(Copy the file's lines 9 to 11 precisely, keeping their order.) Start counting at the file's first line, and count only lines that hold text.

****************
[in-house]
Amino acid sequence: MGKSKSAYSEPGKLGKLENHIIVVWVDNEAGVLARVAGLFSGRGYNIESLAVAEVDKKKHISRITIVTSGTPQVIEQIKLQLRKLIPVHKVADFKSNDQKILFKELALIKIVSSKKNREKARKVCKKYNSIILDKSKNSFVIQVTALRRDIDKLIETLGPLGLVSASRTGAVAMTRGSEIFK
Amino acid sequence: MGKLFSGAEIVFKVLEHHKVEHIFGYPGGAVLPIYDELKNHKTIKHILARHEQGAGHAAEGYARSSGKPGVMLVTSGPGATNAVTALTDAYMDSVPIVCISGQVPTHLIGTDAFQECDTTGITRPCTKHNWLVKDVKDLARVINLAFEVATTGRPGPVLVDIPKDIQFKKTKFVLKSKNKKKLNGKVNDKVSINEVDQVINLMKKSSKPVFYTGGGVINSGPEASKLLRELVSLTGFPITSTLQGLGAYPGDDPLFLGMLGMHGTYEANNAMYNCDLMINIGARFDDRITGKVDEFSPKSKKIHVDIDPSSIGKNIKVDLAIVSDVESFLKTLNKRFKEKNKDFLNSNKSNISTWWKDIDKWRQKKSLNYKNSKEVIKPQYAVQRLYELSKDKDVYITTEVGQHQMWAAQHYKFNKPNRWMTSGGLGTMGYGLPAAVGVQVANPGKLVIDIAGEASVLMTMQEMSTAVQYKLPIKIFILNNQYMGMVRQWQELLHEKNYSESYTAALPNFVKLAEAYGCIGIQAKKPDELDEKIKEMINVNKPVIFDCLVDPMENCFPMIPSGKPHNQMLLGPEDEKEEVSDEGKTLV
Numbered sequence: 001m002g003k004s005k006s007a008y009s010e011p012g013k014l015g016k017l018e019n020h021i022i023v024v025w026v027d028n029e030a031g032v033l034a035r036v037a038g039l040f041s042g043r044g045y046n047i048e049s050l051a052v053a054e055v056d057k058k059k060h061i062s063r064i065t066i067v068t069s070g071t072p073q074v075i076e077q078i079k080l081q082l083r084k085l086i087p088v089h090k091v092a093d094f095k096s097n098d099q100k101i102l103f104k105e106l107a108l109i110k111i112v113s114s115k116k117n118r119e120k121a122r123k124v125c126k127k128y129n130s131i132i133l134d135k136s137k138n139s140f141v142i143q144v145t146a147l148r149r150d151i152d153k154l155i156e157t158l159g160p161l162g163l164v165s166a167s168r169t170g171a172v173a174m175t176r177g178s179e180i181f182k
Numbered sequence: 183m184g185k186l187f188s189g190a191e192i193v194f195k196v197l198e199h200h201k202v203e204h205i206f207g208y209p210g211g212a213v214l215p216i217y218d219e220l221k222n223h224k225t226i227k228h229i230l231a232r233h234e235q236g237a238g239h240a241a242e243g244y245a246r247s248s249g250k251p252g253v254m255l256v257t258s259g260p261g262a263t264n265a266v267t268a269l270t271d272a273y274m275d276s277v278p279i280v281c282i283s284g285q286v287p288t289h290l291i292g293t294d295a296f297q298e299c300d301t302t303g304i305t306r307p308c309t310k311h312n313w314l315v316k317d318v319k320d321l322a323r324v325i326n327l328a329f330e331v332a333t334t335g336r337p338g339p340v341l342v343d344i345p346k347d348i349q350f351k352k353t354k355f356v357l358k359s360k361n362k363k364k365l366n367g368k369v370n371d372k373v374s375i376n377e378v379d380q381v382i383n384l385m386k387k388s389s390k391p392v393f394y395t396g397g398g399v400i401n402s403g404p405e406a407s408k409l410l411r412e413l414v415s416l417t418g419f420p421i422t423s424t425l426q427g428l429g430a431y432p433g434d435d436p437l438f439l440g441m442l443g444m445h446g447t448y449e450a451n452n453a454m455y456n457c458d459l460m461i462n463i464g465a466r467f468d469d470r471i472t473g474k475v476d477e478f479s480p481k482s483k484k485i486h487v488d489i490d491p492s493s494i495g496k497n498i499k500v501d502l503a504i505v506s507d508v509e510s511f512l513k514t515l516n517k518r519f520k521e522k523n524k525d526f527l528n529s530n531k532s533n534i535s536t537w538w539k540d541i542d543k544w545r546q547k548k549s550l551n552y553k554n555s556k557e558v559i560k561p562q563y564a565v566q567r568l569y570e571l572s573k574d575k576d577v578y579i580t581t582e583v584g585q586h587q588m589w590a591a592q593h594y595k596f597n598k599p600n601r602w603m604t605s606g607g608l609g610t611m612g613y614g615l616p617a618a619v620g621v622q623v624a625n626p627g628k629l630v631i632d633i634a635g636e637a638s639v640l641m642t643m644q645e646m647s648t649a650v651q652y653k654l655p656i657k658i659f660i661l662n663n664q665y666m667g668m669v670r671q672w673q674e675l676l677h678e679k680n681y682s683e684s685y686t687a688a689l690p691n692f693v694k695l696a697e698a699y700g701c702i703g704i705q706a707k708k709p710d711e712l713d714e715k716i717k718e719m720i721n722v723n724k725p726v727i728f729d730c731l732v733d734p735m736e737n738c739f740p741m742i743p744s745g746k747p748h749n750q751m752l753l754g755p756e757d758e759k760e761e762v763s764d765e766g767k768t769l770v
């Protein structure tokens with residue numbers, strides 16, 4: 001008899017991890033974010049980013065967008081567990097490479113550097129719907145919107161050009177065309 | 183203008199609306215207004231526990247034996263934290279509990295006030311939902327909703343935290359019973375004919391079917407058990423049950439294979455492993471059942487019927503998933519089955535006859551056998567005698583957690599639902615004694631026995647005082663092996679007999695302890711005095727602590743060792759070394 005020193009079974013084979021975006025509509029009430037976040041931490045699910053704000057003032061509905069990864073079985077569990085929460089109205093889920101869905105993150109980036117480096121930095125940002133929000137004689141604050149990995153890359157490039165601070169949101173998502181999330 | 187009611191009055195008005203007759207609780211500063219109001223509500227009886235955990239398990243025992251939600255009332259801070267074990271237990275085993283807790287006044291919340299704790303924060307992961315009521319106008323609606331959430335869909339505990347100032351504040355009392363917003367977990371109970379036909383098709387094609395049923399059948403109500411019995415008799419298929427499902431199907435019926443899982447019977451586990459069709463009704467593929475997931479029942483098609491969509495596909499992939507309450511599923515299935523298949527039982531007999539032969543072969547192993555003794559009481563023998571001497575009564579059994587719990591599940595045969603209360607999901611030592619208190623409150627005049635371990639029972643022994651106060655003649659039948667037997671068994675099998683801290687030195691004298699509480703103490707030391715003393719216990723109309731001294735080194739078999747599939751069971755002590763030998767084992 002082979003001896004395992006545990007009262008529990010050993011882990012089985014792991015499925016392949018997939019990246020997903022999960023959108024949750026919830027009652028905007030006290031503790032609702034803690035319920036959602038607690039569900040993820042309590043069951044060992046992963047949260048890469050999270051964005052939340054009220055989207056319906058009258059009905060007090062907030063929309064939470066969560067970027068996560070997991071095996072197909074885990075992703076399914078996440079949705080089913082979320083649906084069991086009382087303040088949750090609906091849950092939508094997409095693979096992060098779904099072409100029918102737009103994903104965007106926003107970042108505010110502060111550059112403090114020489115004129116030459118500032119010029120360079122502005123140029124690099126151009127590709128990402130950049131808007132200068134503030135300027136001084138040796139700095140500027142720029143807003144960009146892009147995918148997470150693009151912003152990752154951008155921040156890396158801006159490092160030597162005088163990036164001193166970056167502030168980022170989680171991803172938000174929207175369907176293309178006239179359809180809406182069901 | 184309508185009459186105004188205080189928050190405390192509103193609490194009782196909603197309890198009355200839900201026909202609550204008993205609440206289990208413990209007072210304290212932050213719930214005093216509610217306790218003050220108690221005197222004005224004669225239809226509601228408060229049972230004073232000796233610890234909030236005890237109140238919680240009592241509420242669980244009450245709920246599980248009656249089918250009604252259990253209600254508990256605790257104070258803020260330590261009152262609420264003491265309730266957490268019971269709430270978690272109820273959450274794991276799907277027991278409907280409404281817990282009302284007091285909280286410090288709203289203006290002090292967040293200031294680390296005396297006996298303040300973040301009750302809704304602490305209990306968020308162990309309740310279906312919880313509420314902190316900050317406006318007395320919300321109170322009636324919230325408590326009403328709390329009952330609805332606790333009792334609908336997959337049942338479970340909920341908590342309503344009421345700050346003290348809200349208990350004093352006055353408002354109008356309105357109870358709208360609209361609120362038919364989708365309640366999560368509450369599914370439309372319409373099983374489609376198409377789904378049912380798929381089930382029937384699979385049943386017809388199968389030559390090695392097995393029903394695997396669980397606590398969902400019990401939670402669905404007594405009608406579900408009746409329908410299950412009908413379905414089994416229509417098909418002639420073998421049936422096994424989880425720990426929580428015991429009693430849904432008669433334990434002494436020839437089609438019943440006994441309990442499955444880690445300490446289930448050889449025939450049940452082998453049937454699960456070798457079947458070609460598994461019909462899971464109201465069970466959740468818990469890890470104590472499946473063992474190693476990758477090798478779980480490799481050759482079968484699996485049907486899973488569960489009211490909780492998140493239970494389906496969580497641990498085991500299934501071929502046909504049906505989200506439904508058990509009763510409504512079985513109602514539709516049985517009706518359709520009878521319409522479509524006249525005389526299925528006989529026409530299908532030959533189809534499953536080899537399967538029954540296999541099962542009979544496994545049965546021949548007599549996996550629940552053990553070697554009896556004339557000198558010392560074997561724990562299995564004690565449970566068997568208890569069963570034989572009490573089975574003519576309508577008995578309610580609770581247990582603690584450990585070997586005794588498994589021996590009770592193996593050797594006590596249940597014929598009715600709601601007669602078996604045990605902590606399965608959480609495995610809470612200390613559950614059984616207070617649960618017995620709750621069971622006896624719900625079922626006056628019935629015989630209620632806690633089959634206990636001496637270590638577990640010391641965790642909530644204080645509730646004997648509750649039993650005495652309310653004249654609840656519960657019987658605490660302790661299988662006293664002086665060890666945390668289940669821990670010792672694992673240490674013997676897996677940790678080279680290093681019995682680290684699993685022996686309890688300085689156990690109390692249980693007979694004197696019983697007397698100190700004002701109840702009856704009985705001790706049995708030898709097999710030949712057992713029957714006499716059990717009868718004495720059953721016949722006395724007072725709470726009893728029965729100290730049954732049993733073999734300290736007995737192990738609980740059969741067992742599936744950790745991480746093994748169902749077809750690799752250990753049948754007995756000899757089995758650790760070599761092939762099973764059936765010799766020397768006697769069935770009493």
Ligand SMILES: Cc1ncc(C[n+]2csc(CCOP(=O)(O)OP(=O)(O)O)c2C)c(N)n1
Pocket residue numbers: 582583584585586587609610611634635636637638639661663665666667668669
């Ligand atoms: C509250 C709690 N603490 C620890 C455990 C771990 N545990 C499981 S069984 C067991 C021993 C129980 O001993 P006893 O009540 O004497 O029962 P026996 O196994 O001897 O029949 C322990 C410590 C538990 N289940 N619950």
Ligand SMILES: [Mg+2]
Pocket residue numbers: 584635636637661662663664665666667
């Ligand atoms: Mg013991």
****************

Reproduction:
């Ligand atoms: C509250 C709690 N603490 C620890 C455990 C771990 N545990 C499981 S069984 C067991 C021993 C129980 O001993 P006893 O009540 O004497 O029962 P026996 O196994 O001897 O029949 C322990 C410590 C538990 N289940 N619950």
Ligand SMILES: [Mg+2]
Pocket residue numbers: 584635636637661662663664665666667